United States District Court, W.D. Louisiana, Shreveport Division
HORNSBY MAGISTRATE JUDGE
MAURICE HICKS, JR.UNITED STATES DISTRICT JUDGE
the Court is Petitioner Paula Bradford Gines'
(“Gines”) Motion to Vacate, Set Aside, or Correct
Sentence under 28 U.S.C. § 2255 (Record Document 118).
Gines seeks to have her sentence corrected on the grounds
that the Government breached its obligations under her plea
agreement and ineffective assistance of counsel. For the
reasons discussed herein, Gines' Motion is
AND PROCEDURAL BACKGROUND
27, 2011, a federal grand jury filed charges against Gines
and Mario Hublin (“Hublin”) in a six-count
indictment, alleging that Gines and Hublin had engaged in a
conspiracy to obtain monies, funds, and property to which
they were not entitled. See Record Doucment 1. The
indictment alleged that Gines and Hublin had defrauded
Time-It-Lube in Shreveport, Louisiana, by stealing credit
card convenience checks and other materials from
Time-It-Lube's mailbox and using the information
contained therein to defraud Time-It-Lube out of several
thousand dollars. See id.
her arrest and a period of detention, she was released on a
$25, 000 unsecured bond. See Record Document 35.
However, she violated the terms of her release pending trial,
and a warrant for her arrest was issued on January 24, 2012.
See Record Documents 60-62. She was finally
re-arrested on October 2, 2012. See Record Document
75. On October 31, 2012, Gines pleaded guilty to Count Six of
the indictment, Unauthorized Use of Counterfeit Securities.
See Record Document 86. On March 8, 2012, the Court
sentenced her to 24 months' imprisonment and three years
of supervised release. See Record Document 104. On
January 29, 2014, Gines filed the instant § 2255 Motion.
See Record Document 118.
Motions to Vacate, Set Aside, or Correct a Sentence Under 28
U.S.C. § 2255
federal habeas corpus remedy is contained in 28 U.S.C. §
2255, which provides that a prisoner serving a federal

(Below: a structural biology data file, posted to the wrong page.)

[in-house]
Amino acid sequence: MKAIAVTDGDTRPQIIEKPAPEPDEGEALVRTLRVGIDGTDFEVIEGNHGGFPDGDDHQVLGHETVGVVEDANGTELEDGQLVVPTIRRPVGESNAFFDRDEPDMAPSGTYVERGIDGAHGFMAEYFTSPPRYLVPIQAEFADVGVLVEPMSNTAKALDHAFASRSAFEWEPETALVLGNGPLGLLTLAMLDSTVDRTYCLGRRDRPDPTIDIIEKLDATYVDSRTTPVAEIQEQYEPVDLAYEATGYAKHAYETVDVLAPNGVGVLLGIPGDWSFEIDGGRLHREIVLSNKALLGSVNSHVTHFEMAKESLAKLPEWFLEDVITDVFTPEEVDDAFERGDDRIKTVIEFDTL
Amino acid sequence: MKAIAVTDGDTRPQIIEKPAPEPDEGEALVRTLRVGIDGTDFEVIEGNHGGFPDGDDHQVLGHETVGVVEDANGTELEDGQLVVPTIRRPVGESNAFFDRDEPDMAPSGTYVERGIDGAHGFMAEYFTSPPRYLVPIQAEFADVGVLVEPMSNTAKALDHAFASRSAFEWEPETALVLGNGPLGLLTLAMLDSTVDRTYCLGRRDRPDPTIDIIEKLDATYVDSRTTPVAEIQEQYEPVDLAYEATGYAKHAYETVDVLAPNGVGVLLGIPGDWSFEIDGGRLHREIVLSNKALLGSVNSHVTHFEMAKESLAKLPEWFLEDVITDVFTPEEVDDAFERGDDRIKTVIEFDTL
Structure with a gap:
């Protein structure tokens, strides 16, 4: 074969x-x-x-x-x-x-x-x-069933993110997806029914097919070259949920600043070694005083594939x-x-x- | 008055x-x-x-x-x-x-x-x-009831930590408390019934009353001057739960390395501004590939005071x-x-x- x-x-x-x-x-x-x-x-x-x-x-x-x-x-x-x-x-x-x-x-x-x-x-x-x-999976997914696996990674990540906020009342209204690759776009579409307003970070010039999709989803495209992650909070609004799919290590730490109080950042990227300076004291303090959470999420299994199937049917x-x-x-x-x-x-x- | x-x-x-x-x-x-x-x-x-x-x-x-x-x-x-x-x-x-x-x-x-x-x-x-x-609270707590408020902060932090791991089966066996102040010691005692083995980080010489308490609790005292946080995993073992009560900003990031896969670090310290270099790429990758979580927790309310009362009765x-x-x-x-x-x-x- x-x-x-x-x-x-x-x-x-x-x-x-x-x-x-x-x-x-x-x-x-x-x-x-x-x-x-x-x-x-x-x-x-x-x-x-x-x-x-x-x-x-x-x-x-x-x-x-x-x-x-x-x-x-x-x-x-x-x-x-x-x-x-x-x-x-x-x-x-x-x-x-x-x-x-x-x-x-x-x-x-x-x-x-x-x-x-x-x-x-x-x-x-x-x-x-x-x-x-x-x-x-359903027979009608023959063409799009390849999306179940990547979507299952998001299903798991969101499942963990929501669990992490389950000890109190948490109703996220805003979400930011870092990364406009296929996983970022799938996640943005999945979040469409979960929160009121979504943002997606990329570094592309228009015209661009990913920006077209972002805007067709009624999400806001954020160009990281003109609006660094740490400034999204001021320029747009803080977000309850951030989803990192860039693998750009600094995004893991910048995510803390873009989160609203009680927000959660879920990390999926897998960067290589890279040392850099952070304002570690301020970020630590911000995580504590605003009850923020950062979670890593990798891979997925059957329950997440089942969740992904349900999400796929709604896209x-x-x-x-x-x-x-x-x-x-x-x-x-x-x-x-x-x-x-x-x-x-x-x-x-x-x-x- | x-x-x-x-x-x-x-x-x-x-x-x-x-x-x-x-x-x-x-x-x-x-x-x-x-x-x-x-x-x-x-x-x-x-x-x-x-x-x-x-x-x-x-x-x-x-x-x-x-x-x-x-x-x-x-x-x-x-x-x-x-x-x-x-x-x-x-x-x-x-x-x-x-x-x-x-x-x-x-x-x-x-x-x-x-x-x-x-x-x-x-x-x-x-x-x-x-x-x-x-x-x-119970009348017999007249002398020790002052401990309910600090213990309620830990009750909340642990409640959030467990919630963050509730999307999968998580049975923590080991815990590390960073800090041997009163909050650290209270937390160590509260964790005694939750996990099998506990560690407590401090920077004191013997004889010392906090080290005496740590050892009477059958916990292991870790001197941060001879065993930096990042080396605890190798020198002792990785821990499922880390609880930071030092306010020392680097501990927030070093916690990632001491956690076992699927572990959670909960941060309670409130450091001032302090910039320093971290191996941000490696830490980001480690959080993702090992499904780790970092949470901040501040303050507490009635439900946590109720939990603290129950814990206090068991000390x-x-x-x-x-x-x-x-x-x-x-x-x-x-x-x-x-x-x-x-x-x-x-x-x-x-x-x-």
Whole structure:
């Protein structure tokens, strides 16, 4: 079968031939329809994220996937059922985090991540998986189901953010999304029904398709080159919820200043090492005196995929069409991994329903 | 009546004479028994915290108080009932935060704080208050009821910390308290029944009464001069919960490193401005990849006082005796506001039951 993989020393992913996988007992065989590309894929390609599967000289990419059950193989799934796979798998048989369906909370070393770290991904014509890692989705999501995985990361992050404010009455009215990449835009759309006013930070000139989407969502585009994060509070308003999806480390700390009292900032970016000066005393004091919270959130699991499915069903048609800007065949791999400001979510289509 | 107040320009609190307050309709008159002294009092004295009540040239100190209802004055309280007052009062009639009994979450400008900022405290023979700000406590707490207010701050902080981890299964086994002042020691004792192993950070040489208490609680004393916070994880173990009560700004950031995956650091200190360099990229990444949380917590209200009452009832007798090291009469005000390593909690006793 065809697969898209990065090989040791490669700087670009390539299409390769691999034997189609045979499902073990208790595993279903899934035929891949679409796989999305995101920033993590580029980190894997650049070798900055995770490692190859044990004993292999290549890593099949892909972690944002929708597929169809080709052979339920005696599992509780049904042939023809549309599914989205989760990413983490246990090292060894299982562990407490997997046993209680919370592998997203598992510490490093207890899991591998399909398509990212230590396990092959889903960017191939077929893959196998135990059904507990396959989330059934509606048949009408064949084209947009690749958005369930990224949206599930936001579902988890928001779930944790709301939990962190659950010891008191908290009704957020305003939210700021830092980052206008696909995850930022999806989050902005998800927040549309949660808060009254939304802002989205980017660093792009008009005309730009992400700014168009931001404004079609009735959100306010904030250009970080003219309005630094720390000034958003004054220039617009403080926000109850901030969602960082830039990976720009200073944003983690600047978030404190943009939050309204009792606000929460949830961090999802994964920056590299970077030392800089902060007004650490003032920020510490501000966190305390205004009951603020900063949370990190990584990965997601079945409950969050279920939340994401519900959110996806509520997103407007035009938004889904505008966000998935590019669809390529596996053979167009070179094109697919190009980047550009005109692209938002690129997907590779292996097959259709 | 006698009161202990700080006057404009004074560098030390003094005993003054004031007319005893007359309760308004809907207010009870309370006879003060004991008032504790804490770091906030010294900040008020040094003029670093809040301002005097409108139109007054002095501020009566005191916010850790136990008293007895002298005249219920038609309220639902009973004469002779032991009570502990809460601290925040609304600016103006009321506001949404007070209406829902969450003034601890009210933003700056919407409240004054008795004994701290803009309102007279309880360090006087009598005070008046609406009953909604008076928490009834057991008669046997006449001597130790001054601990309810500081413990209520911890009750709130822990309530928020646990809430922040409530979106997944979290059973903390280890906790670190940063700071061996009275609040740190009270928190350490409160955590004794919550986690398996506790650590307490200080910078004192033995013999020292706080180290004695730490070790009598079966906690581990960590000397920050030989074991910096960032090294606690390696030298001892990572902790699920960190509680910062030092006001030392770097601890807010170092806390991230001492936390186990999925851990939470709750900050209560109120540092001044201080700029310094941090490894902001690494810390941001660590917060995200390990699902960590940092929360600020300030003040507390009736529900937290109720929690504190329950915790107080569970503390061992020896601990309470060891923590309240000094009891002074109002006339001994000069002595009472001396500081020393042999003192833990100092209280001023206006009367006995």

sentence may make a motion to vacate, set aside, or correct
his sentence within a year after his conviction has become
final. Review under § 2255 is limited to four grounds:
(1) the sentence was imposed in violation of the Constitution
or laws of the United States; (2) the court was without
jurisdiction to impose the sentence; (3) the sentence exceeds
the statutory maximum sentence; or (4) the sentence is
otherwise subject to collateral attack. See 28
U.S.C. § 2255. However, after conviction and exhaustion
of a defendant's right to appeal, the Court is
“entitled to presume that the defendant stands fairly
and finally convicted.” United States v.
Shaid, 937 F.2d 228, 231-32 (5th Cir. 1991), quoting
United States v. Frady, 456 U.S. 152, 164 (1982).
According to the Supreme Court, “our trial and
appellate procedures are not so unreliable that we may not
afford their completed operation any binding effect beyond
the next in a series of endless postconviction collateral
attacks . . . to the contrary, a final judgment commands
respect.” Frady, 456 U.S. at 164-65.
issues that can be presented in a motion filed under 28
U.S.C.b § 2255 are limited. A defendant can challenge a
final conviction only on issues of constitutional or
jurisdictional magnitude. Shaid, 937 F.2d at 232. As
the Fifth Circuit has stated:
Relief under 28 U.S.C.A. § 2255 is reserved for
transgressions of constitutional rights and for a narrow
range of injuries that could not have been raised on direct
appeal and would, if condoned, result in a complete
miscarriage of justice. Nonconstitutional claims that could
have been raised on direct appeal, but were not, may not be
asserted in a collateral proceeding.
United States v. Vaughn, 955 F.2d 367, 368 (5th Cir.
1992) (citations omitted).
a petitioner wishes to assert issues that are constitutional
or jurisdictional in nature, he may be procedurally barred
from raising them. In order to raise an issue for the first
time on collateral review, a petitioner must show both
“cause” for his procedural default and
“actual prejudice” resulting from the error.
Frady, 456 U.S. at 168; Shaid, 937 F.2d at
232. To establish “cause, ” defendant must show
that some external impediment prevented him from raising the
claim on direct appeal. See United States v. Flores,
981 F.2d 231, 235 (5th Cir. 1993) (applying the same
“cause” standard to a prisoner's second
§ 2255 motion). In order to meet the “actual
prejudice” test, he must ...